At the time, he also headed the tax practice of the powerhouse law firm WilmerHale. It’s a landing strip for many powerful Democratic lawmakers when they’ve left the public spotlight. Former Obama administration Interior Secretary Ken Salazar, for example, joined the firm in June to open a planned Denver office.
Some conservative publications cite a Treasury Department audit that said IRS officials had met with the chief counsel when creating new criteria by which conservative applications would be scrutinized.
The IRS has said that Wilkins hadn’t met with IRS staffers and that the report meant the Office of Chief Counsel, which employs about 1,600 lawyers. The agency also said Wilkins had offered to sit for a private interview with congressional investigators but nobody took him up on it, something lawmakers acknowledge.
Some conservative critics allege that Wilkins defended, for free, the controversial former Obama pastor the Rev. Jeremiah Wright, whose fiery sermons threatened Obama’s 2008 presidential campaign.
“Chief IRS counsel bailed Jeremiah Wright’s church out of IRS probe in 2008,” said a recent story posted on Teaparty.org.
WilmerHale actually defended the United Church of Christ, whose tax-exempt status was being reviewed for revocation by the Bush administration’s IRS because Obama spoke to the church’s annual conference in 2007. Wright headed Trinity United Church of Christ in Chicago, one of the largest congregations in the denomination, but not the broader church.
WilmerHale’s team wasn’t led by Wilkins, but rather by former U.S. Solicitor General Seth Waxman. Wilkins was part of the team that beat back the IRS threat, however.
“My experience with Bill Wilkins was that his motivations were at all times professional, and not political,” said Donald Clark, the general counsel for the United Church of Christ.
Conservatives groups also note Wilkin’s past ties to Democrats, as the staff director of the Senate Finance Committee in the 1980s and as a campaign contributor. “IRS Chief Counsel William Wilkins a Big Donor and Loyal Democrat,” the conservative Weekly Standard said.
Wilkins gave $24,000 through his law firm to Democrats or Democratic fundraisers from 1990 to 2008, according to the website OpenSecrets.org, which tracks political donations. In 2001, he also gave $1,000 to Iowa Republican Sen. Charles Grassley and $1,000 to the Congressional Majority Committee, which supported Republican candidates.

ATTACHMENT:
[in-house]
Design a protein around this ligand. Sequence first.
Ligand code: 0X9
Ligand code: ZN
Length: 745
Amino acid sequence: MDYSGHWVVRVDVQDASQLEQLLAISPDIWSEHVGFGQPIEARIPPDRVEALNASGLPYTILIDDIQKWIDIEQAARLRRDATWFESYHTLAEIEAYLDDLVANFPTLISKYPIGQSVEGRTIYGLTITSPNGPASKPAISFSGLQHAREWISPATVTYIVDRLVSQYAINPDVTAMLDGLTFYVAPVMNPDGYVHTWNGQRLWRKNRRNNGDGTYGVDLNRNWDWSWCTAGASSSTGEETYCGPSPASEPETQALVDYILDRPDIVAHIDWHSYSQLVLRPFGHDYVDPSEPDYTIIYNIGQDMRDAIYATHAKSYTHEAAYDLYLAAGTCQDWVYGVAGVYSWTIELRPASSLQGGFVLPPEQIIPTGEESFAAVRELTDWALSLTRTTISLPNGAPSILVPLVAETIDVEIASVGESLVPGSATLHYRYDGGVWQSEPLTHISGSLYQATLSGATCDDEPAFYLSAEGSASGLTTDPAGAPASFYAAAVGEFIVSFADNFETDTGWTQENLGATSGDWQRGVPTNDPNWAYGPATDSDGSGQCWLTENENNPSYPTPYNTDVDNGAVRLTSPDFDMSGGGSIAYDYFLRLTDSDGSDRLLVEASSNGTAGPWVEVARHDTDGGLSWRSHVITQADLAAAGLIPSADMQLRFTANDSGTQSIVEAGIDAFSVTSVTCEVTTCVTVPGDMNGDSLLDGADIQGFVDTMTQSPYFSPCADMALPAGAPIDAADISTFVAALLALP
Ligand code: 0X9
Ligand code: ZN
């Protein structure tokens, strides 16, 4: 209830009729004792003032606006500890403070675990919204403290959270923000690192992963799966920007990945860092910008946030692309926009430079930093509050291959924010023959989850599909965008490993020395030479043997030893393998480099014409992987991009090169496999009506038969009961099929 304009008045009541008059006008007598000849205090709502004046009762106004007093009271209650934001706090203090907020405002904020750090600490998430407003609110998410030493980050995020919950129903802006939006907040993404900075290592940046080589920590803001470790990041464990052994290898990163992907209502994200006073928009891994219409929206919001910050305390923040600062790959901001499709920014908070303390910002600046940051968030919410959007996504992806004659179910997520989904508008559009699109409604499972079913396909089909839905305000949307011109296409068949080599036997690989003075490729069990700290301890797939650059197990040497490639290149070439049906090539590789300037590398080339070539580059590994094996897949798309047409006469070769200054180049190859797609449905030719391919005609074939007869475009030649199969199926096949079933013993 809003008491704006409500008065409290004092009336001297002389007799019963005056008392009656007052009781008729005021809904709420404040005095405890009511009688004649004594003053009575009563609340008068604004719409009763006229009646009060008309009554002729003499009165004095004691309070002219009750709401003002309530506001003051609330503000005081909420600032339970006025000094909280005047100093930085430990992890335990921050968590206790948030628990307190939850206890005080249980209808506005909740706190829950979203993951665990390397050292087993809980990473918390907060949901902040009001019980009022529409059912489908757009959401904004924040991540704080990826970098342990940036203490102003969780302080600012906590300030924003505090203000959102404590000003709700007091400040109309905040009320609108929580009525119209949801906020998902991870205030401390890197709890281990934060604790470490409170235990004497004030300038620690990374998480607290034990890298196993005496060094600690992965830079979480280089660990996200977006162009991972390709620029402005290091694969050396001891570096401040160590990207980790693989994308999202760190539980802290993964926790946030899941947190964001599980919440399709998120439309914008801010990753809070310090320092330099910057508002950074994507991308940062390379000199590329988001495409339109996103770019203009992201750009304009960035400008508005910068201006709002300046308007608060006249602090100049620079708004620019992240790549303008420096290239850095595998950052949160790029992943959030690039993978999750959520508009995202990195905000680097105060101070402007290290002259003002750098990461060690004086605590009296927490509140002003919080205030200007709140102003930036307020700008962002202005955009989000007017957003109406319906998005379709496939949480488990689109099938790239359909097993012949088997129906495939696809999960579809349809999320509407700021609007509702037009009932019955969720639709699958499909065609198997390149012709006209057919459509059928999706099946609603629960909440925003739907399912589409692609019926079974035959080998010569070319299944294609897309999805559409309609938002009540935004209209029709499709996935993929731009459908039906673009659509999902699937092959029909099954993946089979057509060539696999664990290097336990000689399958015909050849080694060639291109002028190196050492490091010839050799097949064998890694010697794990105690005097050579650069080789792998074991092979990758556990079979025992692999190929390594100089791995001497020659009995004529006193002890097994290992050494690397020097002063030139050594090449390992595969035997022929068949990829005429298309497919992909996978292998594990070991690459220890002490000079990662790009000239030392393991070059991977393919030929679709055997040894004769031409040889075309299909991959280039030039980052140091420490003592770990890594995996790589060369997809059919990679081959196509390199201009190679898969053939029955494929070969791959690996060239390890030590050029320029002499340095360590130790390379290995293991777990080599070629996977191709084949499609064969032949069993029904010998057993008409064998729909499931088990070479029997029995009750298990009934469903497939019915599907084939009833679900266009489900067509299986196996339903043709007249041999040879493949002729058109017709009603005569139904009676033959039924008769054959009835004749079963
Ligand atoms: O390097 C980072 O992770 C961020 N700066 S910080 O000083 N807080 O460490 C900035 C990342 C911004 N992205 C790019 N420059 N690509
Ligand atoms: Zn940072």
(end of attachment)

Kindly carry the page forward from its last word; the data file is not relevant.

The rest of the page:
As the Senate Finance Committee staff director in the mid-’80s, Wilkins worked for the late Lloyd Bentsen, a Texas Democrat who was a vice presidential candidate in 1988 and the treasury secretary from 1993 to 1994. Republicans who worked with Wilkins at the time don’t remember him as particularly political.
“I recall him to be trustworthy, thoughtful and extremely knowledgeable about the tax code,” said G. William Hoagland, Republican staff director of the Senate Budget Committee from 1986 to 2003. “Those were days when Republican and Democratic staffs talked things out, listened to the other side’s point of view. . . . I do not recall him to have been terribly partisan, but rather more of an academic-type tax person."
Eugene Steuerle, a budget and tax official in Ronald Reagan’s Treasury Department, remembers Wilkins that way, too.
“I just remember him as being professional and knowledgeable,” Steuerle said. “I think he’s a superb public servant.”
One thing that even Wilkins’ detractors probably don’t know is that he is, or at least was, the lead singer of a tax-themed band, according to the interview with the tax quarterly.
“The tax system is the gift that keeps on giving when it comes to targets for parody,” he quipped in remarks that confirmed his love of song and now seem prophetic. “There is never any shortage.”
By Kevin G. Hall
McClatchy Washington Bureau